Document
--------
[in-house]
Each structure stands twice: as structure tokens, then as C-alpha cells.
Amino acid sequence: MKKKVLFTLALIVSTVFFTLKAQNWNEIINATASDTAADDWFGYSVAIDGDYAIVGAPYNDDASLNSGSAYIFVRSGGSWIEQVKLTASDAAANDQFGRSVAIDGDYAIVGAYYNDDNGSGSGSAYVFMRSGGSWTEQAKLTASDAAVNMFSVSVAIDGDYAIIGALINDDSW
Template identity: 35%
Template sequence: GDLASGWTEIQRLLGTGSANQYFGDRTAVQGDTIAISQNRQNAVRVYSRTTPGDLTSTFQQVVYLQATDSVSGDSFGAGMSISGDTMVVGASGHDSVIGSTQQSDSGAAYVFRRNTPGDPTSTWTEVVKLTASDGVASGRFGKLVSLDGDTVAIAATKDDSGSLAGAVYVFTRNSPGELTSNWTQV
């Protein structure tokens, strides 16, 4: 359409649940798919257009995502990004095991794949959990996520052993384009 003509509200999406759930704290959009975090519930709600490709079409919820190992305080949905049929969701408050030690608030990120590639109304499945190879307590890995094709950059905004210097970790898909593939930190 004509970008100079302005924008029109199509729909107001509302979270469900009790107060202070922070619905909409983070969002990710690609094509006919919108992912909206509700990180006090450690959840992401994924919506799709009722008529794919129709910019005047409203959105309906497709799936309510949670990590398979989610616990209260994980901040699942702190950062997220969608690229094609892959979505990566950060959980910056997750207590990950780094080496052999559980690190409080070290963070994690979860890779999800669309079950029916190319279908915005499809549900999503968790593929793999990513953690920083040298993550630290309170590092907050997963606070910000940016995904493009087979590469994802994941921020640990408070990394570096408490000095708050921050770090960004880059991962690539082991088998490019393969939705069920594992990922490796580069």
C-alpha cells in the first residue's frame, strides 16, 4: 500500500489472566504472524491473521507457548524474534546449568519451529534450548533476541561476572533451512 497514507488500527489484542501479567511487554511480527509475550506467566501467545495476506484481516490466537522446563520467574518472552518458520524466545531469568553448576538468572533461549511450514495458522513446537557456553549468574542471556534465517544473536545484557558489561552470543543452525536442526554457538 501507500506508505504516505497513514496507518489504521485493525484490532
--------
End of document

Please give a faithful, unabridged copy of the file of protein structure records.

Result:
[in-house]
Each structure stands twice: as structure tokens, then as C-alpha cells.
Amino acid sequence: MKKKVLFTLALIVSTVFFTLKAQNWNEIINATASDTAADDWFGYSVAIDGDYAIVGAPYNDDASLNSGSAYIFVRSGGSWIEQVKLTASDAAANDQFGRSVAIDGDYAIVGAYYNDDNGSGSGSAYVFMRSGGSWTEQAKLTASDAAVNMFSVSVAIDGDYAIIGALINDDSW
Template identity: 35%
Template sequence: GDLASGWTEIQRLLGTGSANQYFGDRTAVQGDTIAISQNRQNAVRVYSRTTPGDLTSTFQQVVYLQATDSVSGDSFGAGMSISGDTMVVGASGHDSVIGSTQQSDSGAAYVFRRNTPGDPTSTWTEVVKLTASDGVASGRFGKLVSLDGDTVAIAATKDDSGSLAGAVYVFTRNSPGELTSNWTQV
């Protein structure tokens, strides 16, 4: 359409649940798919257009995502990004095991794949959990996520052993384009 003509509200999406759930704290959009975090519930709600490709079409919820190992305080949905049929969701408050030690608030990120590639109304499945190879307590890995094709950059905004210097970790898909593939930190 004509970008100079302005924008029109199509729909107001509302979270469900009790107060202070922070619905909409983070969002990710690609094509006919919108992912909206509700990180006090450690959840992401994924919506799709009722008529794919129709910019005047409203959105309906497709799936309510949670990590398979989610616990209260994980901040699942702190950062997220969608690229094609892959979505990566950060959980910056997750207590990950780094080496052999559980690190409080070290963070994690979860890779999800669309079950029916190319279908915005499809549900999503968790593929793999990513953690920083040298993550630290309170590092907050997963606070910000940016995904493009087979590469994802994941921020640990408070990394570096408490000095708050921050770090960004880059991962690539082991088998490019393969939705069920594992990922490796580069």
C-alpha cells in the first residue's frame, strides 16, 4: 500500500489472566504472524491473521507457548524474534546449568519451529534450548533476541561476572533451512 497514507488500527489484542501479567511487554511480527509475550506467566501467545495476506484481516490466537522446563520467574518472552518458520524466545531469568553448576538468572533461549511450514495458522513446537557456553549468574542471556534465517544473536545484557558489561552470543543452525536442526554457538 501507500506508505504516505497513514496507518489504521485493525484490532